The International Monetary Fund said that the raft of reforms being pushed through by Chile’s government has the potential to boost long-term growth, while warning the short-term impact may be the opposite.
Growth will accelerate to 2.5 percent this year and 3.1 percent in 2016, after easing to 1.9 percent last year, the IMF forecast in its annual Chile report Thursday. Risks are on the downside though because of “continued uncertainty over the structural reform agenda.”
President Michelle Bachelet has already pushed through tax and education reforms, and plans further changes to labor regulations, the constitution, the health-care system and pension funds. Industry leaders have said the proposals are undermining confidence and investment and that the government needs to backtrack on some of its plans, or at least slow down.
“The reforms have the potential to boost productivity and long-term growth, but the high cost of capital and the complexity of the new tax regime are likely to have a negative effect on economic activity in the short-term,” the fund said in the report.
Finance Minister Rodrigo Valdes said the government planned to simplify the tax increases passed by Congress last year in a response Thursday to the IMF report.
He also said that economic efficiency was not the only yardstick the government used to measure the benefit of policy changes. Equality was also an important issue, he said.
“We agree on one thing, that every reform needs to look at efficiency,” Valdes said. But “with the labor reform, efficiency isn’t the only thing that matters.”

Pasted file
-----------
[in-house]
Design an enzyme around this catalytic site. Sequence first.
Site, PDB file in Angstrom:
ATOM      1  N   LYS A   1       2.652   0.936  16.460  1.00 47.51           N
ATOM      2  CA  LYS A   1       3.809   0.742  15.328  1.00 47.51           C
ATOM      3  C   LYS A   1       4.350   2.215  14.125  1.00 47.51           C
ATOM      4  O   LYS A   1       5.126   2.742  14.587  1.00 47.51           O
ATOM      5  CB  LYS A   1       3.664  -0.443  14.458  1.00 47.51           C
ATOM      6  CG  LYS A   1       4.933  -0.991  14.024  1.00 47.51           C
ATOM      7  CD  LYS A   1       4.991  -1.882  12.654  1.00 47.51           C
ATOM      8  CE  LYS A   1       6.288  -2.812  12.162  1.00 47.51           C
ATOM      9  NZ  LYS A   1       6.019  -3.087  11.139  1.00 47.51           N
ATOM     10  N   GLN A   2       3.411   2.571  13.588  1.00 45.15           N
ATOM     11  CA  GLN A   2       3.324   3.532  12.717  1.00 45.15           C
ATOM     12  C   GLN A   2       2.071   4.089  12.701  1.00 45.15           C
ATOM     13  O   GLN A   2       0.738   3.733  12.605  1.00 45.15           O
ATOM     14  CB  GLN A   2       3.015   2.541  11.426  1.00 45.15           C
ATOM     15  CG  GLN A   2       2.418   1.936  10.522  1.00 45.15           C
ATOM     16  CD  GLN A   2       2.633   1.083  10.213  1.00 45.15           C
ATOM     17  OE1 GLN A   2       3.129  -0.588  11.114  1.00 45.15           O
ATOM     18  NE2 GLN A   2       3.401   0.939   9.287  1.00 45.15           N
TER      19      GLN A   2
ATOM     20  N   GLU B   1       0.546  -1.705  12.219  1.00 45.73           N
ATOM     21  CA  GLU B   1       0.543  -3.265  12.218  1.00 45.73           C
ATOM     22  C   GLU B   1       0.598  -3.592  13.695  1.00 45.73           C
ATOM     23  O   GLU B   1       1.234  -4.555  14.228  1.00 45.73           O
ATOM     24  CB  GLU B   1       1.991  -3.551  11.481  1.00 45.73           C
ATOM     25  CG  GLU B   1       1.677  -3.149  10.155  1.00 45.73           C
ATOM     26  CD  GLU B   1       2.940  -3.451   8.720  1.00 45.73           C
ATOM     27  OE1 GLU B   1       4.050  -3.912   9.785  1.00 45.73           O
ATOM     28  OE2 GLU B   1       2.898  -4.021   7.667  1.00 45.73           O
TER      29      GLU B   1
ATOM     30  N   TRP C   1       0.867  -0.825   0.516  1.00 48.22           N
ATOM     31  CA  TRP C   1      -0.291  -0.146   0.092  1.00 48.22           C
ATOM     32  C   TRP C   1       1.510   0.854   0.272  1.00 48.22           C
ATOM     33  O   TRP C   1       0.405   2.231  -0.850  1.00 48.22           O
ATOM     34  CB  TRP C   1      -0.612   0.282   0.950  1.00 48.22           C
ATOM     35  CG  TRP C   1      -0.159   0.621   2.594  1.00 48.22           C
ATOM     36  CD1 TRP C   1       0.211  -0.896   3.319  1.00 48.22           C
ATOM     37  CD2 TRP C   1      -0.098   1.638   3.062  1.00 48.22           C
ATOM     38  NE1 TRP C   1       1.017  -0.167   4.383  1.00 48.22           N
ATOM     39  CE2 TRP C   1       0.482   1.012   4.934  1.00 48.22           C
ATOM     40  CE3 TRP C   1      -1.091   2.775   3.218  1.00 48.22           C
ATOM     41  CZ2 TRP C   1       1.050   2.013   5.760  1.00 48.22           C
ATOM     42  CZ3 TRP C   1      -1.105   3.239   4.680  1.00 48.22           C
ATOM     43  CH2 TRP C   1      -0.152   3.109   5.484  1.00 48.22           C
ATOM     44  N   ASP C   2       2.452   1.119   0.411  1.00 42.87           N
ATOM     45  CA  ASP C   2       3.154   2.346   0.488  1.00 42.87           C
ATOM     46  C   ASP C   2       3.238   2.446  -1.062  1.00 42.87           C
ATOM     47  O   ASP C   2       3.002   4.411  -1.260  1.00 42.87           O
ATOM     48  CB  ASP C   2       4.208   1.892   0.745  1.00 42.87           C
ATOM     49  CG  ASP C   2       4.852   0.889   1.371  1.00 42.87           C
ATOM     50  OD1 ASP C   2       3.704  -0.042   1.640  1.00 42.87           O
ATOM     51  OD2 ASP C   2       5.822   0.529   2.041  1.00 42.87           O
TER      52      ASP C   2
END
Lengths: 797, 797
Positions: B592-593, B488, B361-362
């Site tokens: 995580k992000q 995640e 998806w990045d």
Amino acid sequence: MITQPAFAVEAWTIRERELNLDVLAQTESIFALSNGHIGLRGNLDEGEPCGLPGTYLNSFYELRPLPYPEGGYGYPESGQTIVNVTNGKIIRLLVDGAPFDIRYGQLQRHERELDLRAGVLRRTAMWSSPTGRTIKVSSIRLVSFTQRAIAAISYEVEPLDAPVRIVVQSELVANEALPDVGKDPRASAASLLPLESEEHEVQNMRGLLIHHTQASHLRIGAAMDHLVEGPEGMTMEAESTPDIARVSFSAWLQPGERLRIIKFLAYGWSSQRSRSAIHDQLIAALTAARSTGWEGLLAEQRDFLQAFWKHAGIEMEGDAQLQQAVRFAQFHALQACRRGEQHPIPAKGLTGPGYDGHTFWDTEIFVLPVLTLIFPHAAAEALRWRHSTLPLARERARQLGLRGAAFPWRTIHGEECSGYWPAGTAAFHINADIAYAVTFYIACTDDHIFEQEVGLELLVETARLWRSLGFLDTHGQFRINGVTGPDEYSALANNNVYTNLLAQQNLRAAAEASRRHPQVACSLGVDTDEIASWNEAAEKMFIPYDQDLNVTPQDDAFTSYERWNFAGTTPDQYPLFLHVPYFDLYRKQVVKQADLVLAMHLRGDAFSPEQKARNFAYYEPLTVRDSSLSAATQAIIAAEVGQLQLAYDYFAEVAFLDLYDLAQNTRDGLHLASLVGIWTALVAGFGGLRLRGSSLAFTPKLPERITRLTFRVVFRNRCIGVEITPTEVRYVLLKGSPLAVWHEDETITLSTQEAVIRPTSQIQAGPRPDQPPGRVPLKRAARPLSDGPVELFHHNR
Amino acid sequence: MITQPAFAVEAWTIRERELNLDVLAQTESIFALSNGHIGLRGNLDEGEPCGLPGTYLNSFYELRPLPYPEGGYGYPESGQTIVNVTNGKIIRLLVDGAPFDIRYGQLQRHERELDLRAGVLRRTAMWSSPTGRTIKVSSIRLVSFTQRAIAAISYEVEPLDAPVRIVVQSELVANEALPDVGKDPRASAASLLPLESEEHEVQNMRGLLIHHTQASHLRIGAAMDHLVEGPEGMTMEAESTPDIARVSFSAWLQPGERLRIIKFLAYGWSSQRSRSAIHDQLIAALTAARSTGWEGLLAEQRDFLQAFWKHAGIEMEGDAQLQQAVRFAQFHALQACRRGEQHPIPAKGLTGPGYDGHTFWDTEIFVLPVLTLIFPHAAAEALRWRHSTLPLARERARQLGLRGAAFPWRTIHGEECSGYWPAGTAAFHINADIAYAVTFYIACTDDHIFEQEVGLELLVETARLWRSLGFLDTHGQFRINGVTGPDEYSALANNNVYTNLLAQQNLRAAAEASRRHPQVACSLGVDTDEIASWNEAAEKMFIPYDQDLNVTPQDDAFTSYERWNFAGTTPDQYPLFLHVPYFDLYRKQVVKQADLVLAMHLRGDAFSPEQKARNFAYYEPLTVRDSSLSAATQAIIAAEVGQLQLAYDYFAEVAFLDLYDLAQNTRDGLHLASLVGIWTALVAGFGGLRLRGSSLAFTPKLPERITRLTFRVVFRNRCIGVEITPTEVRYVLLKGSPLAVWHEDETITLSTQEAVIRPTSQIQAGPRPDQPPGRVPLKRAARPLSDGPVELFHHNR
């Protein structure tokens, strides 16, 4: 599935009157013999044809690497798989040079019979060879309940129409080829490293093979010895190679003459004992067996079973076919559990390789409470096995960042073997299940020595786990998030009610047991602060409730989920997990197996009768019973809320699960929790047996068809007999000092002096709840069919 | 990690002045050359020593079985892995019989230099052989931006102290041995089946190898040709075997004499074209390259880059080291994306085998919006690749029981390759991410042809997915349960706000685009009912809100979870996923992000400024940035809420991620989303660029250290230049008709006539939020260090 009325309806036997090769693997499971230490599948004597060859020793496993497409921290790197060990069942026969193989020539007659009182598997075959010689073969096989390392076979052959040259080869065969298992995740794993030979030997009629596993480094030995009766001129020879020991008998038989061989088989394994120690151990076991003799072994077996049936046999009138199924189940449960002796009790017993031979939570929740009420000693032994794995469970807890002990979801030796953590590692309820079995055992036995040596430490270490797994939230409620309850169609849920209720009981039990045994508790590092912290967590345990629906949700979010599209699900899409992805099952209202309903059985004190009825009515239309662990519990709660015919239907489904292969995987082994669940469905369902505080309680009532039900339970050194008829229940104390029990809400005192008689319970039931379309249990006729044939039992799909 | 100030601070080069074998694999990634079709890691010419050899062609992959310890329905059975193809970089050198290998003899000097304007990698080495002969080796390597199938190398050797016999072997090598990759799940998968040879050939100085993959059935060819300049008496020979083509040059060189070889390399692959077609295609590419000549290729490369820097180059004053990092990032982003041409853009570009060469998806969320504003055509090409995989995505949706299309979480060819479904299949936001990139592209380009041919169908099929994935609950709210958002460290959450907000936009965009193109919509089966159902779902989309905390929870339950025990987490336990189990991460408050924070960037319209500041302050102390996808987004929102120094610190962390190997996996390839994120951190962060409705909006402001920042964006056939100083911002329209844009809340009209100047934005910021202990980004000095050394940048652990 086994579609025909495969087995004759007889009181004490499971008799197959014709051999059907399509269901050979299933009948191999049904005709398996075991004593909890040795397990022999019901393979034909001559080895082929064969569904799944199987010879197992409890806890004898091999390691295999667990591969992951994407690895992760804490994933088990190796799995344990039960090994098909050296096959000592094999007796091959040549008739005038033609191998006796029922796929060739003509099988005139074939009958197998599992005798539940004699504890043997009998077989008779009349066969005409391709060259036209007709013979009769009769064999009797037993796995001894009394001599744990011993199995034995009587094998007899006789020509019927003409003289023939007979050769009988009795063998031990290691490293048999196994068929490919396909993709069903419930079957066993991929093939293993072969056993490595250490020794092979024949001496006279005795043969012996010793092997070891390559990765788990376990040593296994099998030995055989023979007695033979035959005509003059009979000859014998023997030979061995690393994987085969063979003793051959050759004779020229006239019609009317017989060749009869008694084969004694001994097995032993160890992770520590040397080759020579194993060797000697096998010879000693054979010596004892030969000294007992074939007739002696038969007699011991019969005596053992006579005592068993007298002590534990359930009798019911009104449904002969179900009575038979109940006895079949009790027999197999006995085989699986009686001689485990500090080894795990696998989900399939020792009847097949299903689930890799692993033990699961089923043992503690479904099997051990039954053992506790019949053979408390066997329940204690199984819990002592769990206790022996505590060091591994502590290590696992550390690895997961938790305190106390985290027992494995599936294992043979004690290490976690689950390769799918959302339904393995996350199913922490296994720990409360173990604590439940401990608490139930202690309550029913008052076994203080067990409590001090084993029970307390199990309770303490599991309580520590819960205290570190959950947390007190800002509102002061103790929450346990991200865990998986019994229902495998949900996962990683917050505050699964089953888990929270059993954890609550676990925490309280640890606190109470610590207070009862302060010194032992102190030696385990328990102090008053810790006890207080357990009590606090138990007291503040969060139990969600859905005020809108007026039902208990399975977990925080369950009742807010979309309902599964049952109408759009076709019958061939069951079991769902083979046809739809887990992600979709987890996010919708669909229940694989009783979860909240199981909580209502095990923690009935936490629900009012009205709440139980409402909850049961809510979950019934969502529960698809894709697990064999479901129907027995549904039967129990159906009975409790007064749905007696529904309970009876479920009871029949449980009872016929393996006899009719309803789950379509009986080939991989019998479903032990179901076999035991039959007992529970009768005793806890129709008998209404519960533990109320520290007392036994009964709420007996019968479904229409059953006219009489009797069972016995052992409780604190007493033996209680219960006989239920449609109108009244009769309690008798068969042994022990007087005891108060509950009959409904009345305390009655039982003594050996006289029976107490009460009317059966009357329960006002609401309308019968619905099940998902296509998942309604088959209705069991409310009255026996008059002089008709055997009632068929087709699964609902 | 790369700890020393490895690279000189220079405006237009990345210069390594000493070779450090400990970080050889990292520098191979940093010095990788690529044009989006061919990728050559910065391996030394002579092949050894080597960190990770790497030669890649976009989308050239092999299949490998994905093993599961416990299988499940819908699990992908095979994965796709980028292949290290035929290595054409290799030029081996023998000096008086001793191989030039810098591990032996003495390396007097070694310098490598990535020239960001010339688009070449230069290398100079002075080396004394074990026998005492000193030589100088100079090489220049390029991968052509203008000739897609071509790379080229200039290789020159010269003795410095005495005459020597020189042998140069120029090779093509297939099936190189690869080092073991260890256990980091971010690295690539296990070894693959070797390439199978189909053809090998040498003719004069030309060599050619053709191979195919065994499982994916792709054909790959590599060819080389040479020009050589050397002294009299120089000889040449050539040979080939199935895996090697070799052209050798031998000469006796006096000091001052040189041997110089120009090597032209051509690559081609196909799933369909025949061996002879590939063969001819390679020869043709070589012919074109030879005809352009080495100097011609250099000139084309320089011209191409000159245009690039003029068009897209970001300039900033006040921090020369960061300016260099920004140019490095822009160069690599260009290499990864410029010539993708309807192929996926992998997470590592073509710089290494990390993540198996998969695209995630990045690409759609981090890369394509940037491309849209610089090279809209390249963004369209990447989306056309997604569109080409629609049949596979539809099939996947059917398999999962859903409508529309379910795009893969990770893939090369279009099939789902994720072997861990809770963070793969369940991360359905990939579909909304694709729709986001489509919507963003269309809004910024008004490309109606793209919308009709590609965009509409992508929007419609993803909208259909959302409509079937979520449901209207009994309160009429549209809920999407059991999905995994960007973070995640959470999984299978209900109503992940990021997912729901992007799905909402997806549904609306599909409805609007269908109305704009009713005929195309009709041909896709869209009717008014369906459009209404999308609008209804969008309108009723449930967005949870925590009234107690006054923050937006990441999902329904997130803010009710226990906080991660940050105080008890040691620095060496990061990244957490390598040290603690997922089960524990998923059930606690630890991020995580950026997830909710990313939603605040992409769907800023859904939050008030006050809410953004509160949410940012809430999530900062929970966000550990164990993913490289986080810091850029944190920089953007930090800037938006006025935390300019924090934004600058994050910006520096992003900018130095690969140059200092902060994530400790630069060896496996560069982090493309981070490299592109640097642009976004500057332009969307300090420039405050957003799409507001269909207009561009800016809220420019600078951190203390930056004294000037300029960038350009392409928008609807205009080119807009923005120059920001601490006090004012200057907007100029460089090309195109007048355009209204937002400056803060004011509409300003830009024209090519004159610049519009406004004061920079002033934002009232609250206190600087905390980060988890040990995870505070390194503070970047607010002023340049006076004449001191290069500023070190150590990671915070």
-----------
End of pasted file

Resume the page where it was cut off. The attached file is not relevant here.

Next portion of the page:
Valdes said he agreed with the IMF over fiscal policy after the fund said Chile needed to tighten fiscal policy as growth remains sluggish, in order to boost business confidence. The budget shortfall will double to 3.2 percent of gross domestic product this year, the IMF estimated.
Moreover, Chile will become a net debtor again this year after more than five years in the black. Net debt will reach 2.6 percent of GDP, compared with net savings of 1.3 percent of GDP last year.
Education changes pushed through last year eliminated fees at many schools, while another bill under debate in Congress will raise pay for teachers and tighten regulations over standards.
Better schooling was the key to Chile boosting productivity and making the jump to developed nation status, Bachelet has said. It was also essential to narrowing the biggest inequality gap in the 34-nation Organization for Economic Cooperation and Development.
“Chile’s productivity performance has not been convincing,” Roberto Cardarelli, the IMF’s mission chief for Chile, said on a conference call. The country suffers from the “low quality of human capital.”
The education reform goes in the right direction, though it will take some time to see the benefits, he said.
In the meantime, Chile needs to “nurture business confidence” and “minimize the potential of the reforms to negatively effect growth.”